By Aaron Weinman
NEW YORK, Jan 24 (LPC) - French electric utility Engie and Canadian pension fund Caisse de dépôt et placement du Québec (CDPQ) are raising a loan of up to US$8bn to back the purchase of a natural gas pipeline system in Brazil from state-owned oil company Petróleo Brasileiro (Petrobras), banking sources said.
Engie and CDPQ are talking to at least eight international banks including BNP Paribas, Mizuho and Sumitomo Bank. Brazilian banks Itaú Unibanco, Banco do Brasil and Bradesco are also expected to commit to the financing, the sources said.
The financing package for the Transportadora Associada de Gás (TAG) pipeline unit is expected to have a maturity of eight to ten years, and will likely be raised at the target company level.
Loans for Latin American companies usually have maturities of three to five years, and the longer maturity shows confidence in the credit, the sources said.
Petrobras was in exclusive talks with Engie and CDPQ over the sale of TAG last year, before the sale was stalled by an injunction from Brazil’s Supreme Court in July, which required the country’s Congress to approve the sale of any state-owned asset.
Brazil’s solicitor general overturned the injunction in early January, allowing Petrobras to reopen bidding for potential buyers interested in buying TAG.
Before the injunction, Engie and CDPQ had submitted the highest bid for TAG, which operates natural gas pipelines in Brazil’s north and northeast.
Other consortiums that also expressed interest in the assets included a group comprising EIG Global Energy Partners and the United Arab Emirates’ sovereign wealth fund Mubadala and a party made up of Australian investor Macquarie, Singaporean sovereign wealth fund GIC and the Canada Pension Plan Investment Board (CPPIB), sources previously told LPC.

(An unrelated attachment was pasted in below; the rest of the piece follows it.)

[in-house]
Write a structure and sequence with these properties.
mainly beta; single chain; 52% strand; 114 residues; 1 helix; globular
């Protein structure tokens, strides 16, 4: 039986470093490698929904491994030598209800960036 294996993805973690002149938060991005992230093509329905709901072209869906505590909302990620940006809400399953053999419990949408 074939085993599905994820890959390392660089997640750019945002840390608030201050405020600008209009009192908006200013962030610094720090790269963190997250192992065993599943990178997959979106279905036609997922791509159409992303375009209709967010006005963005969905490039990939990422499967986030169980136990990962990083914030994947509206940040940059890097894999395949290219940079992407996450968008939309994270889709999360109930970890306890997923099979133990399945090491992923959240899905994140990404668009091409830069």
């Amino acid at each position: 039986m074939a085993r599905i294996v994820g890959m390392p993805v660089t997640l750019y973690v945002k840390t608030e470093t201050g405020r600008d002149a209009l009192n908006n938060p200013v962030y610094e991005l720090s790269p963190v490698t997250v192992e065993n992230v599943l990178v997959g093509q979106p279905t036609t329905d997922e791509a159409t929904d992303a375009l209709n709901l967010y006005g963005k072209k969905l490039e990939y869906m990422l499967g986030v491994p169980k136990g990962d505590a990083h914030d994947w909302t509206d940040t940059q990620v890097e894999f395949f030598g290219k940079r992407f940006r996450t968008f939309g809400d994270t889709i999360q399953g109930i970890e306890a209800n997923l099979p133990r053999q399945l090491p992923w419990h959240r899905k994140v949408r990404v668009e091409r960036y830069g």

Engie, CDPQ, Petrobras and the banks declined to comment or could not immediately be reached for comment.
Petrobras Chief Executive Officer Roberto Castello Branco is expected to push forward with divestment and partnership opportunities in the distribution and natural gas businesses after taking over from Ivan Monteiro in January.
Petrobras is expected to be the highest spending oil and gas firm in South America through 2025, according to figures from GlobalData.
Castello Branco will also prioritize investment into the more profitable deepwater oil and gas exploration and production segments.
The Brazilian oil giant is estimated to need approximately US$49.4bn over the next six years for almost 40 project opportunities, data and analytics firm GlobalData said in a report on January 22.
“Petrobras’ planned and announced projects mainly focused on upstream production projects and refineries,” said Soorya Tejomoortula, an oil and gas analyst at GlobalData.
The company’s exit from natural gas distribution started to take shape in September 2016 when it sold Nova Transportadora do Sudeste (NTS), a pipeline operator in Brazil’s south and southeast, for US$5.2bn to a group comprised of Canadian investors Brookfield Asset Management and British Columbia Investment Management Corp, as well as Singapore’s GIC and the China Investment Corp.
Petrobras’ latest five-year investment plan, unveiled on December 5, seeks to raise close to US$27bn from divestments and partnerships.
Proceeds from asset sales will go towards lowering Petrobras’ debt load, which is considered one of the largest among oil and gas firms.
Net debt was roughly 291.8bn (US$77.5bn) Brazilian reais at the end of the third quarter, Petrobras said in its quarterly results presentation. (Reporting by Aaron Weinman. Editing by Michelle Sierra and Lynn Adler)